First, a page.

Friday, June 10, 2011

Rein-Toon-ation: Shaggy & Scooby-Doo Get a Clue (2006)

In the early 1980's, Hanna-Barbera experimented with the Scooby-Doo franchise by sending Fred, Velma, & Daphne on a lengthy hiatus, putting the emphasis squarely on Scooby & Shaggy (along with Scrappy-Doo). A lot of fans are not very fond of this period in Scooby's history, largely because of Scrappy's presence, but also because they got away from the traditional format in favor of slapstick comedy.

In 2006, Warner Bros., having learned very little from the previous experiment, decided to send Fred, Velma, & Daphne away again, but not too far this time. The trio would only be recurring cameo players in Shaggy & Scooby-Doo Get a Clue, which spent two seasons on the CW.

The plot this time has Shaggy (Scott Menville) inheriting a fortune from his supposedly deceased uncle, Albert Shaggleford (Casey Kasem, who seemed to have a monopoly on Shaggy's relatives). This allows Shaggy to upgrade the Mystery Machine into a high-tech morphing vehicle, kind of like the Chan Clan's Chan Van more than 30 years earlier. There's also an ongoing villain, Dr. Phineas Phibes (Jeff Bennett), who wants Shaggleford's nano-tech technology for his own nefarious schemes. Phantomdarknes uploaded the open:



The flash animation doesn't fit Scooby and Shaggy at all. Also, Shaggy has discarded his signature green shirt, which to hardcore Scoobaholics may have been a major turnoff.

This marked the first series in which Casey Kasem wasn't voicing Shaggy, although he continued to essay the part in the direct-to-video movie series until last year, when he passed the mic over to Matthew Lillard. Menville's characterization as Shaggy, like previous would-be heirs to the role (Billy West & Scott Innes), wasn't solid. Like, he tried, but the faithful weren't buying.

Rating: D.

16 comments:

magicdog said...

Oh where to begin!

The flash animation was the biggest turn off and I couldn't help but wonder why the rest of the gang couldn't be regulars in this show.

It was good however that Shaggy and Scooby got to step up for the first time and foil Dr. Phibes' nefarious plans.

The theme song was about as obnoxious as the animation.

hobbyfan said...

The flash animation was the reason that I wasn't that big on the show, really. Too bad Shag & Scoob couldn't be that brave a lot more often, like in the current series......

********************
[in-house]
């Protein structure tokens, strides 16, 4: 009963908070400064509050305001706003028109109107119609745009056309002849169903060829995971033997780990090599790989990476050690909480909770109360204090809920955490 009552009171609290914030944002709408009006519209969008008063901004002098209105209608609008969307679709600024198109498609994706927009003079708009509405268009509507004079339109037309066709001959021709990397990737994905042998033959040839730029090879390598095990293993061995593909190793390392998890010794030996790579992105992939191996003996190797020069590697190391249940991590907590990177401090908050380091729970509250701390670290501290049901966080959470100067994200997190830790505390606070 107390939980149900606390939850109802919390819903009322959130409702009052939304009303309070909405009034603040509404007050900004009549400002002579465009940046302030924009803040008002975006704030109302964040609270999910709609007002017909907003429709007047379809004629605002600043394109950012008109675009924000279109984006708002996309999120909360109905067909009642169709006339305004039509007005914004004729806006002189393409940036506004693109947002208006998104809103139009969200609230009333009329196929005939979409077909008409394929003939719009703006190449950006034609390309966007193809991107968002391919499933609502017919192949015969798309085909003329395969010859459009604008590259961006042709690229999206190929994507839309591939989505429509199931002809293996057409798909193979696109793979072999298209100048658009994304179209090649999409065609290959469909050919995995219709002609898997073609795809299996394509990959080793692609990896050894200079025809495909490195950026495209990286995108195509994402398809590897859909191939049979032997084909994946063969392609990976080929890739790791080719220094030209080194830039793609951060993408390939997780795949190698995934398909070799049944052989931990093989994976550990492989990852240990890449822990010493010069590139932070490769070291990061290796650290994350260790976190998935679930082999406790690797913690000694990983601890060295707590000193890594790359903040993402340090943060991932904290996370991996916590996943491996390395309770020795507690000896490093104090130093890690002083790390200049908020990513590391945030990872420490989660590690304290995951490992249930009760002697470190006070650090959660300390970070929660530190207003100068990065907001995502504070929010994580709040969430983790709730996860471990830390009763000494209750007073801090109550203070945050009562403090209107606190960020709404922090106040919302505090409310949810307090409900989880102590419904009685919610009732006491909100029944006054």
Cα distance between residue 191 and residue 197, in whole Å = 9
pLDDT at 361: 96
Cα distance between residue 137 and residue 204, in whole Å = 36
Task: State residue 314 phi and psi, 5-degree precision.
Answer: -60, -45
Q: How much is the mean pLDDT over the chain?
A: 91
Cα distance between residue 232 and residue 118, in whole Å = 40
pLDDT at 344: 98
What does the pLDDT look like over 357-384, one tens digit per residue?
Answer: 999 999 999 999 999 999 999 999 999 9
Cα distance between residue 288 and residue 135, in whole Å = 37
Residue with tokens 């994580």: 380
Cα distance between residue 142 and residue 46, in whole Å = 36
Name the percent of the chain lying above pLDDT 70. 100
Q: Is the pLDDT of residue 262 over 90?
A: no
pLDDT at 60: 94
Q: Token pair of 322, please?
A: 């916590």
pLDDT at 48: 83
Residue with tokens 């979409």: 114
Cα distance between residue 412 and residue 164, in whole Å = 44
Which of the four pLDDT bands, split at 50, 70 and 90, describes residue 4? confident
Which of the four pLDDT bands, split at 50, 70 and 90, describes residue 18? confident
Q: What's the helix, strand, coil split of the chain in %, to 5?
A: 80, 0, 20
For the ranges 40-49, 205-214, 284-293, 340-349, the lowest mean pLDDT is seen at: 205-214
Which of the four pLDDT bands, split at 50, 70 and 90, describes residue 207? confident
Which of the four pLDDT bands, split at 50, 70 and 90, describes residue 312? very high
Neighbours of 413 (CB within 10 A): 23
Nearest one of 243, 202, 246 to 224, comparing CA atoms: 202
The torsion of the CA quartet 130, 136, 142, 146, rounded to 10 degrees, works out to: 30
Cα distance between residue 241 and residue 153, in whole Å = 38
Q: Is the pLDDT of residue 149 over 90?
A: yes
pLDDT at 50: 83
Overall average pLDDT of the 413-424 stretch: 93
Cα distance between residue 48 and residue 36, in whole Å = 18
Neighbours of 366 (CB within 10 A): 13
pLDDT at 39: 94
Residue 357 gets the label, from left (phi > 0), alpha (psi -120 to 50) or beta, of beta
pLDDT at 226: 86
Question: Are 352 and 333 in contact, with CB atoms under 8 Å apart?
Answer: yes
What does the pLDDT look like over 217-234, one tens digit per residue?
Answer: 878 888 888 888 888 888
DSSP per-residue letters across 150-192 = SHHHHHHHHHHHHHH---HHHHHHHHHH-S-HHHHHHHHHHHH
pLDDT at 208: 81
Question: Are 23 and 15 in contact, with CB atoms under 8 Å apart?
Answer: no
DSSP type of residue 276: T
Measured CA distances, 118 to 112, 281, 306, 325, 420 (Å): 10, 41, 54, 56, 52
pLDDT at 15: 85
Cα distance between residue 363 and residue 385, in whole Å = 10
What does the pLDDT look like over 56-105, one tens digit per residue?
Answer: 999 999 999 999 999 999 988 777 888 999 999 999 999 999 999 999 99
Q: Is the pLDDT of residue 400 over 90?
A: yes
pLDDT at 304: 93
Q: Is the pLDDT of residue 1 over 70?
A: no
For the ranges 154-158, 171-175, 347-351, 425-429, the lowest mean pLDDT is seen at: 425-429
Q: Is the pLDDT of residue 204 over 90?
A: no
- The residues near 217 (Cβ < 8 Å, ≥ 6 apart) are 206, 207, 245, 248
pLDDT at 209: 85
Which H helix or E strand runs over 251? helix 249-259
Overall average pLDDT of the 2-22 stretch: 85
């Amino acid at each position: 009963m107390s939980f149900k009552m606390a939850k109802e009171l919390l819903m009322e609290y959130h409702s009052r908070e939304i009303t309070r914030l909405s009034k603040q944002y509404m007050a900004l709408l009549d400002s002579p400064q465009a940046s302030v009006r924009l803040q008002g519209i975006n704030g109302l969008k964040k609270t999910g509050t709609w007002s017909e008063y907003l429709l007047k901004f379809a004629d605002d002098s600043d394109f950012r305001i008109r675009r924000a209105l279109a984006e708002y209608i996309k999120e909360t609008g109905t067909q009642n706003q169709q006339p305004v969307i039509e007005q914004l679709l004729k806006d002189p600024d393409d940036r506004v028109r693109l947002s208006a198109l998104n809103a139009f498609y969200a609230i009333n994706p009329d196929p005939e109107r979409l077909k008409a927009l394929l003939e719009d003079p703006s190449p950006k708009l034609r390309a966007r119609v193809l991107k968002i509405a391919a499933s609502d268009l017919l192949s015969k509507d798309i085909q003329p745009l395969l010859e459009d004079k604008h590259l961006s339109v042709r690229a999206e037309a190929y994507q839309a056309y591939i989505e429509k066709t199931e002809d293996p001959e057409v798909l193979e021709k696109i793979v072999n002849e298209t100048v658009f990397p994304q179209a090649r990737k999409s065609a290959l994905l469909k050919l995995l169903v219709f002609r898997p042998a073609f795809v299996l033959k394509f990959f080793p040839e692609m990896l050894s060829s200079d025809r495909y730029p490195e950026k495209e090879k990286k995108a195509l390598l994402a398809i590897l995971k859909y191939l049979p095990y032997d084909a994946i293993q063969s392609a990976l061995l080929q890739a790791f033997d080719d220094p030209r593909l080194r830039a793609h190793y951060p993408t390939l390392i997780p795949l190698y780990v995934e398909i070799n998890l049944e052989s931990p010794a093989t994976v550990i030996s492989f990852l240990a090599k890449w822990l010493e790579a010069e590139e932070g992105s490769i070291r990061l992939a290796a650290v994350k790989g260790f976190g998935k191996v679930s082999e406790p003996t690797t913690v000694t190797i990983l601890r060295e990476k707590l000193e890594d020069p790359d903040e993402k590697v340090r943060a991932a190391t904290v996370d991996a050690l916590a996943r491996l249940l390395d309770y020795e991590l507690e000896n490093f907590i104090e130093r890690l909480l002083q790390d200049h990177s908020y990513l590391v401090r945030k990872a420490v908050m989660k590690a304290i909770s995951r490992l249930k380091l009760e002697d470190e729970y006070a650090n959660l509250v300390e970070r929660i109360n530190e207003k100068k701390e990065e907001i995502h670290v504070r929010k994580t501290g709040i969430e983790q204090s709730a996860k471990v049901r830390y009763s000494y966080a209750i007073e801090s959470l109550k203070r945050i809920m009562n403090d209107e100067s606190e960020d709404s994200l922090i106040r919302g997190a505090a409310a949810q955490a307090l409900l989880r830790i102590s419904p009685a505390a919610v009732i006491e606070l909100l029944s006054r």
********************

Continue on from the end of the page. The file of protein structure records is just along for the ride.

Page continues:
Steven Dolce said...

That show sucked anyway.

hobbyfan said...

Apparently, WB & Cartoon Network agree with you, Steven, since it hasn't seen the light of day since it was cancelled.

Steven Dolce said...

This was the show that totally raped the franchise.

hobbyfan said...

But the franchise recovered, didn't it?

Steven Dolce said...

Yes.

hobbyfan said...

And now we have to wait until next year for the next Scooby series (Be Cool, Scooby-Doo), which is already getting negative reviews for the character designs.

Steven Dolce said...

What did you think of the 2002 movie? I thought it was great.

hobbyfan said...

I have often stated in various commentaries that the movie played to the internet by making Scrappy the villain, and subsequent series have continued this ideology. This is wrong on several levels, since Scrappy, as time wore on, matured, but the haters would rather focus on his early years (1979-83), and ignore his more positive contributions. Remember too that the three TV-movies (1987-8) was a resumption of the slapstick comedy format from 1980-3.

Steven Dolce said...

You mean you actually HATED the 2002 movie?

hobbyfan said...

No, I didn't totally hate it, I read between the lines of the idea of making Scrappy the big bad. They could've done better.

Steven Dolce said...

So you liked the movie? I did too.

hobbyfan said...

I was on the fence. Gave it 2 1/2 stars. The sequel was actually better.

Steven Dolce said...

Be Cool Scooby-Doo has worse flash animation than this piece of shit.

hobbyfan said...

Assuming it's actually flash animation. Doesn't look like it, and, yeah, it's a worse concept either way.